Kelly Dickerson, Space.com NASA has challenged the public to design part of a spacecraft that could land future spacefliers on the surface of Mars. The NASA Mars Balance Mass Challenge runs through Nov. 21. The agency will announ...

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India’s Mars mission a step closer to success with engine test

India's Polar Satellite Launch Vehicle (PSLV-C25), carrying the Mars orbiter, blasts off from the Satish Dhawan Space Centre in Sriharikota, about 100 km (62 miles) north of the southern Indian city of Chennai November 5, 2013. REUTERS/B...

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Spacecraft from US & India to arrive at Mars this month

Two new orbiters, including India's first Mars probe, are due to arrive at the Red Planet by the end of September.

By Elizabeth Howell, SPACE.com

The planet Mars is about to have some company. Two new spacecraft, one from the United States and the other from India, are closing in on the Red Planet and poised to begin orbiting Mars by the end of this month.

The U.S.-built probe, NASA's Mars Atmosphere and Volatile EvolutioN (MAVEN) spacecraft, is expected to enter orbit around Mars on Sept. 21. Just days later, on Sept. 24, India's Mars Orbiter Mission (MOM) orbiter is due to make its own Mars arrival when it enters orbit. Both MOM and MAVEN launched to space in 2013.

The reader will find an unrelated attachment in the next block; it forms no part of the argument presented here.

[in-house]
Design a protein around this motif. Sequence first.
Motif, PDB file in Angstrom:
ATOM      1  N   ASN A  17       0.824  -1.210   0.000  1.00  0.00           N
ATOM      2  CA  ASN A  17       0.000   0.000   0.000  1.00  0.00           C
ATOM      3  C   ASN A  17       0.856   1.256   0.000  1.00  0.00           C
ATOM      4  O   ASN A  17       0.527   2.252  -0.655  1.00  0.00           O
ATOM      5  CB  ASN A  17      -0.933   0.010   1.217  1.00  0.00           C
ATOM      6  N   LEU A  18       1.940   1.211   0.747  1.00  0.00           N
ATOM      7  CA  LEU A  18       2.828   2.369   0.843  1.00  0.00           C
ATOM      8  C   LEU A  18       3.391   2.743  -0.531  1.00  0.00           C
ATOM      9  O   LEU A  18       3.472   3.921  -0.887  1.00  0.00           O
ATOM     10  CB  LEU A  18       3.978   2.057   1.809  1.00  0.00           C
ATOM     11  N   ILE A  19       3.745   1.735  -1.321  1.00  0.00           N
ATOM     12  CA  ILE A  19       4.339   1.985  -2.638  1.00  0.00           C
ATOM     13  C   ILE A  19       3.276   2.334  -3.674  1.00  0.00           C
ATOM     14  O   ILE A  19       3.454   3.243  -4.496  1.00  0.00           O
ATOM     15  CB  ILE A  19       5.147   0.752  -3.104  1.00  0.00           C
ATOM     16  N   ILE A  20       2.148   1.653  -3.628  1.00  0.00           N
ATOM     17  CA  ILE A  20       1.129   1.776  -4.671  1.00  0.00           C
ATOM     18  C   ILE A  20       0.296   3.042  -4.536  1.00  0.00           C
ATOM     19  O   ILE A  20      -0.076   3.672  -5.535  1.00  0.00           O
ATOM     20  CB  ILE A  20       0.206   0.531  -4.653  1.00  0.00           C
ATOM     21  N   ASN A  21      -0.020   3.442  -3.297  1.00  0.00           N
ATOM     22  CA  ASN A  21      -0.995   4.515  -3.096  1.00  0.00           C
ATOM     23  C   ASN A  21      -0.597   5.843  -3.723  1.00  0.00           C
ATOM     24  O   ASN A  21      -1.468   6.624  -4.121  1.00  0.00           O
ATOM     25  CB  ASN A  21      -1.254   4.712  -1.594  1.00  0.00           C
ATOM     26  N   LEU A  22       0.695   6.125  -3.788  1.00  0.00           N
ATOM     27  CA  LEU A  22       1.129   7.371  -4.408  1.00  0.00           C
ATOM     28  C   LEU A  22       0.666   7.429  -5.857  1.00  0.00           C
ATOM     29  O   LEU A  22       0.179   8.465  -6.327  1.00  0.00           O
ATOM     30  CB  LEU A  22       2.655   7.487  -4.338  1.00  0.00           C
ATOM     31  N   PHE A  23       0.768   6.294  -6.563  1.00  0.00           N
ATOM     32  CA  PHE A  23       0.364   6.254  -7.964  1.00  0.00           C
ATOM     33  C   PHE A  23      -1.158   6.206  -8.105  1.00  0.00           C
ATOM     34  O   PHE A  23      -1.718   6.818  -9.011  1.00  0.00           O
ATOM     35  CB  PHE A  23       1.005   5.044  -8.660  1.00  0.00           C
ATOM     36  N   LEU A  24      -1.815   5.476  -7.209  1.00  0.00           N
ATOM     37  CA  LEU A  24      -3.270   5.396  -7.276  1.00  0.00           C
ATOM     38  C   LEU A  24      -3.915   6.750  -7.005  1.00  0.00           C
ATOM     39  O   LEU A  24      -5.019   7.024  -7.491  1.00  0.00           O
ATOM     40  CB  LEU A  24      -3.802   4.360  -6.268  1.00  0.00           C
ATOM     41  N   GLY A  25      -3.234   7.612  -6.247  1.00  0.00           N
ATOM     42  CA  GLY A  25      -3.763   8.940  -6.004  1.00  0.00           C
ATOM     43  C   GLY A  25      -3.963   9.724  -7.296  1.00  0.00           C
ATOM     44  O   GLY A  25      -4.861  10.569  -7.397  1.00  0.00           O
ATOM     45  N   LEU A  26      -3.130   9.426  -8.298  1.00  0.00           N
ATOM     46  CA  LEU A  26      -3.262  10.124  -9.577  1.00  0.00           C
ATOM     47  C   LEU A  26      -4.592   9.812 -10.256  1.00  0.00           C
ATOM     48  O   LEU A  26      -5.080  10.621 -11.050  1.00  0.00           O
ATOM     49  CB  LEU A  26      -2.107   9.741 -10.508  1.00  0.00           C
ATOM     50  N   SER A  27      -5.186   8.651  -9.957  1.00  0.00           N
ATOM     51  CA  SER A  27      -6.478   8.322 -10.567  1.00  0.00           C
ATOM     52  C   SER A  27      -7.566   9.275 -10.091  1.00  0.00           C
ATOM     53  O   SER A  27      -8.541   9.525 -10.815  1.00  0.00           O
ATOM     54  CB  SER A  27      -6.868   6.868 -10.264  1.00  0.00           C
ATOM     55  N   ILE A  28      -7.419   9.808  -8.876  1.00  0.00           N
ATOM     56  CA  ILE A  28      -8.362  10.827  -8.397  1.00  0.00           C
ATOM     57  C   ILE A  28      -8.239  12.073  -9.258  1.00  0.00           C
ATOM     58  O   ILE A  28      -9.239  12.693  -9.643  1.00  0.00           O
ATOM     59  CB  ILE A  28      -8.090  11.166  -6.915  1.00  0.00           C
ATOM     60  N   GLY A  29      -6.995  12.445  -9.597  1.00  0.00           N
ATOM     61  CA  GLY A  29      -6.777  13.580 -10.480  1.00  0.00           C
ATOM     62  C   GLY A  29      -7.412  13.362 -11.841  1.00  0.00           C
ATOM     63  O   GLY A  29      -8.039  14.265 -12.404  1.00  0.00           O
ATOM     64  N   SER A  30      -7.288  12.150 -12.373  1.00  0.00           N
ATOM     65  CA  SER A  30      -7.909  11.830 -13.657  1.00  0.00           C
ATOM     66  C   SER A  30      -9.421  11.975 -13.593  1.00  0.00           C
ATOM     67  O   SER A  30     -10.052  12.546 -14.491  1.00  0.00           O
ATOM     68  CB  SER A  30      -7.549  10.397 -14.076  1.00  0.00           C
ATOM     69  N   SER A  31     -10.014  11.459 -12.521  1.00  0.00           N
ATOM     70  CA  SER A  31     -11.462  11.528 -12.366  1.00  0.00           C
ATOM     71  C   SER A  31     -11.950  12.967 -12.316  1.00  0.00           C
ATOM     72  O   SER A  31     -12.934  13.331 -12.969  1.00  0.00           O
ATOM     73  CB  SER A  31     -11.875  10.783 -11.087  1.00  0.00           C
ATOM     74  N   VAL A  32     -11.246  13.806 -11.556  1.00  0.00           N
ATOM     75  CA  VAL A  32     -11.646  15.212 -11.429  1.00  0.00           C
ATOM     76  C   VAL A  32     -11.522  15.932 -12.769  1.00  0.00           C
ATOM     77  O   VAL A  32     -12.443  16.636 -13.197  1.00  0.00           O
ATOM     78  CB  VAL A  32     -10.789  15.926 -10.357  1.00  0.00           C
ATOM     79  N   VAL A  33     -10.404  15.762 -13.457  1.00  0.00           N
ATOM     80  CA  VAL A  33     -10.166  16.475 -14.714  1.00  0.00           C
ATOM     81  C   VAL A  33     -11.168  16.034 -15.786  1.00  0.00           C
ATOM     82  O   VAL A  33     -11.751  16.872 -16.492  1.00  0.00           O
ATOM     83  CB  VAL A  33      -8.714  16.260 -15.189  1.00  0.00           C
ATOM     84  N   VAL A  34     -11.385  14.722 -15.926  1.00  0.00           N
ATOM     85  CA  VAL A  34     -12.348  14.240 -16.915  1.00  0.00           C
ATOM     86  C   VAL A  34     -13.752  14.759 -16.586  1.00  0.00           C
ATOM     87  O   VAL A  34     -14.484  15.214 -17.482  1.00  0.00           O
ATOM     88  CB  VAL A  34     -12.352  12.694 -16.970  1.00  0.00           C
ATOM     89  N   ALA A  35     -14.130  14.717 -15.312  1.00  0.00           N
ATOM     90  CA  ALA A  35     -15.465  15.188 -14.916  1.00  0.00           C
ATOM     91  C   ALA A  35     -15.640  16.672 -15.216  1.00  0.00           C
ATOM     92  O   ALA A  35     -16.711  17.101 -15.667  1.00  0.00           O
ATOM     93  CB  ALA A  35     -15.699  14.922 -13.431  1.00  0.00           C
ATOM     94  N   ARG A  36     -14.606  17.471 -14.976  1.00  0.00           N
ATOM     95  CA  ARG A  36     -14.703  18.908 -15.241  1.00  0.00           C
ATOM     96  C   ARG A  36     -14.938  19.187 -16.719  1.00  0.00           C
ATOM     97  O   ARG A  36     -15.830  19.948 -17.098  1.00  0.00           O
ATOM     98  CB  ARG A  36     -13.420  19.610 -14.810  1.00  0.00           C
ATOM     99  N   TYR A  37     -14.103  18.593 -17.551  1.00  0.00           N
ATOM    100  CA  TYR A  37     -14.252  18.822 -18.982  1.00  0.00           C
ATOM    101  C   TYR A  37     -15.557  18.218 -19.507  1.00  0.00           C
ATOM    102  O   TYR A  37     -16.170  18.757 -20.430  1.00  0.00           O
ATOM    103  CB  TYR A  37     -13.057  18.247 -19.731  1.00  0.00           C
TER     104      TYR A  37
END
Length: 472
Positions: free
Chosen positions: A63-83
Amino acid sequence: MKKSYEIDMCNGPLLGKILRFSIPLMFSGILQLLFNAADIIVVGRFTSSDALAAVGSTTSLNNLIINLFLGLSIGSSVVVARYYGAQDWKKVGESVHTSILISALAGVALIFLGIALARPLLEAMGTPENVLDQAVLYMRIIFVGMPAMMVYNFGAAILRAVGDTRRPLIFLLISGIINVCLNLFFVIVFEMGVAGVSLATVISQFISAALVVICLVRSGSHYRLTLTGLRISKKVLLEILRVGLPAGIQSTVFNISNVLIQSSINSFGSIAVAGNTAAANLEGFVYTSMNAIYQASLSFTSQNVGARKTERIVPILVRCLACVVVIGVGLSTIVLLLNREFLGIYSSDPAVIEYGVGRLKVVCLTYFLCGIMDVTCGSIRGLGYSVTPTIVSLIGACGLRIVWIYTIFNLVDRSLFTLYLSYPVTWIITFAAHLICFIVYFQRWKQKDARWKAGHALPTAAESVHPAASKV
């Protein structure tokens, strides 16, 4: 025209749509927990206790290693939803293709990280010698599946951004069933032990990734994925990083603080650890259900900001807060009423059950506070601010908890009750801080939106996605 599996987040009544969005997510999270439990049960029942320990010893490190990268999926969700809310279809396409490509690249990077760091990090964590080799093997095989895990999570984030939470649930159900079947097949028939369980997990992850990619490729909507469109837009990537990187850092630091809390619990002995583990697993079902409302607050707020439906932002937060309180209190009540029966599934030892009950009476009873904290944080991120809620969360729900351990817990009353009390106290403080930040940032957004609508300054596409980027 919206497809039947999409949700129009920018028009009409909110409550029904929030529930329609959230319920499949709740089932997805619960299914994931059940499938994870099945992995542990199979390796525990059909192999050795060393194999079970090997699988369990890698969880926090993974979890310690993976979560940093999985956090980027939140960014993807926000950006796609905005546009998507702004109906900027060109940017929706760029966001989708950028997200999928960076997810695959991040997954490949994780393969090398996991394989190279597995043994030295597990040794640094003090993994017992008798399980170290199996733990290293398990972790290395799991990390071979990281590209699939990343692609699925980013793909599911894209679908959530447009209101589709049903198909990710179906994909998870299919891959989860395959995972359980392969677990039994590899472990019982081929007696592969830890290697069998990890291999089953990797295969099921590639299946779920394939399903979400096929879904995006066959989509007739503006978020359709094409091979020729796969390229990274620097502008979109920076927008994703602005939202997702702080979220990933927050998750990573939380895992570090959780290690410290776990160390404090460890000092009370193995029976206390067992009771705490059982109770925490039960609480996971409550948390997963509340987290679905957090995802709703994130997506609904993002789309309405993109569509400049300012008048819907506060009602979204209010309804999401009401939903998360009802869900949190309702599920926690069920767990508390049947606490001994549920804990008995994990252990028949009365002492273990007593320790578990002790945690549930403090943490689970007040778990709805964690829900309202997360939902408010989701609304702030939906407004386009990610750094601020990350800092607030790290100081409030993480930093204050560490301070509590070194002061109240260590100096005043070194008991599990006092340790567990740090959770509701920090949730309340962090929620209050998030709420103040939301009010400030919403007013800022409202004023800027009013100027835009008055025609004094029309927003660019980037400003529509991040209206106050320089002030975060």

MAVEN is the first mission devoted to probing the Martian atmosphere, particularly to understand how it has changed during the planet's history. 

Before that happens, however, the spacecraft must burn its engines to go into orbit around the planet, and pass a commissioning phase while taking a few precautions for a "low-risk" situation where a comet will pass fairly close to Mars. 

"We've been developing MAVEN for about 11 years, and it comes down to a 33-minute rocket burn on Sept. 21," MAVEN principal investigator Bruce Jakosky, of the University of Colorado, Boulder, told Space.com.

The spacecraft can change tracks as late as 6 hours before entering orbit, but right now, it is so close to the correct path that a planned orbital maneuver on Sept. 12 won't be needed, Jakosky said.

Comet Siding Spring will pass near Mars on Oct. 19, and around that time, MAVEN will take a break from its commissioning to do observations of the comet and the planet's upper atmosphere. Although not much dust is predicted to result from the event, as a precaution, controllers will turn off nonessential instruments and move the solar panels edge-on to the dust. The spacecraft will also be behind Mars for 20 minutes during the comet's closest approach.

Where did Mars' atmosphere go?

One of MAVEN's primary scientific tasks will be to figure out how the Martian atmosphere changed during the planet's 4.5-billion-year history.